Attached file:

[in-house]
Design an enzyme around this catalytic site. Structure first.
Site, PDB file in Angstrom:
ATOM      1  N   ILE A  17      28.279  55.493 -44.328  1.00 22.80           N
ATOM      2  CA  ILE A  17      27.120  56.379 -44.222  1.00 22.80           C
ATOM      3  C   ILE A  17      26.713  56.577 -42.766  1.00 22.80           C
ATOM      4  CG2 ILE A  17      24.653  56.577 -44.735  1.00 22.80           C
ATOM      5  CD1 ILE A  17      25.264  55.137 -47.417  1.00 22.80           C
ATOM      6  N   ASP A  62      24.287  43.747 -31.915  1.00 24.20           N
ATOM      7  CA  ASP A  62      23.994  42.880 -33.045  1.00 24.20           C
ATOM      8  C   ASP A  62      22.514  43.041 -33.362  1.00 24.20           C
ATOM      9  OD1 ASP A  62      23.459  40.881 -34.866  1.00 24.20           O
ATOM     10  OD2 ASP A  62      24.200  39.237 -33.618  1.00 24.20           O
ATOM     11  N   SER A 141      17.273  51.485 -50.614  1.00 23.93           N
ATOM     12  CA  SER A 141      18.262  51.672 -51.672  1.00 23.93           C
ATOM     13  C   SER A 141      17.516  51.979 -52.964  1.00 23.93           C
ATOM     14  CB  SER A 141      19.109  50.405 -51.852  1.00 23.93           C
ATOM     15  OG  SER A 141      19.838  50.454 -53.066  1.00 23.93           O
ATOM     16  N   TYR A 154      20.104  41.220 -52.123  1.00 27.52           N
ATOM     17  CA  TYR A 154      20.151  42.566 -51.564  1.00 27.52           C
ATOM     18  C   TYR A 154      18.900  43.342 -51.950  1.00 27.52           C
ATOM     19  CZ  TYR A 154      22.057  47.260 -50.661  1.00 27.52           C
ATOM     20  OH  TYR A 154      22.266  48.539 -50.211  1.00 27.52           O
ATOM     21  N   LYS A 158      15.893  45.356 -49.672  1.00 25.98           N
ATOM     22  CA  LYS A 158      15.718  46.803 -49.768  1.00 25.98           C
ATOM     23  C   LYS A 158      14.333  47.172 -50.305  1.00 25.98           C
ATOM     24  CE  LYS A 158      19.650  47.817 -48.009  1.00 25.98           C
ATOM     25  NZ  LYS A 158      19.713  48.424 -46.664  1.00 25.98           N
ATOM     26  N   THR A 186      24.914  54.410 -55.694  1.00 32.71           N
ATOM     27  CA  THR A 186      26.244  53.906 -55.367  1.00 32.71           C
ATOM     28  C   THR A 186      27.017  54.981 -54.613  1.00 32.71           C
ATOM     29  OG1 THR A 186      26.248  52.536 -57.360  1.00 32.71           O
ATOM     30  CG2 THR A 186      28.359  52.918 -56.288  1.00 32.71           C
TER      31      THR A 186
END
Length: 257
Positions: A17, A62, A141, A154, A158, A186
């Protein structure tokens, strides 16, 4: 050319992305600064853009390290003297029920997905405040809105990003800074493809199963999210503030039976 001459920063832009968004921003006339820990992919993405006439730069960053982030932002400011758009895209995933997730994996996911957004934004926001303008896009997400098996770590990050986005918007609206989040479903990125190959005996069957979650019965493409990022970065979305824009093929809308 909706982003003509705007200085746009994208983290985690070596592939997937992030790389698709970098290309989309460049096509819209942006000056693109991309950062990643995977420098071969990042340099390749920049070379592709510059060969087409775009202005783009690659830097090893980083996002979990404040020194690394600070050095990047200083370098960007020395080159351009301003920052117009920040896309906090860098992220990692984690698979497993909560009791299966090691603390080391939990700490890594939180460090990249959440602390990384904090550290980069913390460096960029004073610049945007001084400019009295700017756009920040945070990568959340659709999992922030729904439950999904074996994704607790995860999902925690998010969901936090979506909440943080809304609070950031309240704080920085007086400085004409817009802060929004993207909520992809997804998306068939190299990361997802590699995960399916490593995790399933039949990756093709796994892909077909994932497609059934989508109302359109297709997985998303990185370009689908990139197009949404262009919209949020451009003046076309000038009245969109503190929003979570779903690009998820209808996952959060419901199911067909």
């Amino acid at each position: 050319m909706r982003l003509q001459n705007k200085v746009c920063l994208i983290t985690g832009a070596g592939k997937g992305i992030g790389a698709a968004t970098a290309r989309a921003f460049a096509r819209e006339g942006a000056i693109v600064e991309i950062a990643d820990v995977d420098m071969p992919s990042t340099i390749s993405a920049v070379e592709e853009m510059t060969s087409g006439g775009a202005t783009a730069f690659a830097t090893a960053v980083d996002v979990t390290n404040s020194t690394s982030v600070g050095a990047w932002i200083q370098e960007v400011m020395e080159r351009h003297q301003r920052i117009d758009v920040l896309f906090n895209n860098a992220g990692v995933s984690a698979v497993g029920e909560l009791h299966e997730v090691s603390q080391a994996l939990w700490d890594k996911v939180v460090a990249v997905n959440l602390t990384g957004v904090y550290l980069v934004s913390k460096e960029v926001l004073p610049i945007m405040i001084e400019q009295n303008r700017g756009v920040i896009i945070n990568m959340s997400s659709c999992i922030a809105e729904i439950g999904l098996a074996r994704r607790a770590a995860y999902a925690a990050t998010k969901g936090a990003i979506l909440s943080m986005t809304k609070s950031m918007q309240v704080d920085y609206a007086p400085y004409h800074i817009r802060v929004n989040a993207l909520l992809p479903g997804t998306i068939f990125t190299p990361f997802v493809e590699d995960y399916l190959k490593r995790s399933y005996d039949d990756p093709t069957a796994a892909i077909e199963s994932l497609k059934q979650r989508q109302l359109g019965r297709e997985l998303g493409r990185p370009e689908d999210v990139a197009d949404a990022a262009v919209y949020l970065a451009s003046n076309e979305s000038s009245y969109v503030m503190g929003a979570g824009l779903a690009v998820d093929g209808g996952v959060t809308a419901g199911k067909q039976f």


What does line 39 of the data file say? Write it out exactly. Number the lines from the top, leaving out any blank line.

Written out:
């Amino acid at each position: 050319m909706r982003l003509q001459n705007k200085v746009c920063l994208i983290t985690g832009a070596g592939k997937g992305i992030g790389a698709a968004t970098a290309r989309a921003f460049a096509r819209e006339g942006a000056i693109v600064e991309i950062a990643d820990v995977d420098m071969p992919s990042t340099i390749s993405a920049v070379e592709e853009m510059t060969s087409g006439g775009a202005t783009a730069f690659a830097t090893a960053v980083d996002v979990t390290n404040s020194t690394s982030v600070g050095a990047w932002i200083q370098e960007v400011m020395e080159r351009h003297q301003r920052i117009d758009v920040l896309f906090n895209n860098a992220g990692v995933s984690a698979v497993g029920e909560l009791h299966e997730v090691s603390q080391a994996l939990w700490d890594k996911v939180v460090a990249v997905n959440l602390t990384g957004v904090y550290l980069v934004s913390k460096e960029v926001l004073p610049i945007m405040i001084e400019q009295n303008r700017g756009v920040i896009i945070n990568m959340s997400s659709c999992i922030a809105e729904i439950g999904l098996a074996r994704r607790a770590a995860y999902a925690a990050t998010k969901g936090a990003i979506l909440s943080m986005t809304k609070s950031m918007q309240v704080d920085y609206a007086p400085y004409h800074i817009r802060v929004n989040a993207l909520l992809p479903g997804t998306i068939f990125t190299p990361f997802v493809e590699d995960y399916l190959k490593r995790s399933y005996d039949d990756p093709t069957a796994a892909i077909e199963s994932l497609k059934q979650r989508q109302l359109g019965r297709e997985l998303g493409r990185p370009e689908d999210v990139a197009d949404a990022a262009v919209y949020l970065a451009s003046n076309e979305s000038s009245y969109v503030m503190g929003a979570g824009l779903a690009v998820d093929g209808g996952v959060t809308a419901g199911k067909q039976f």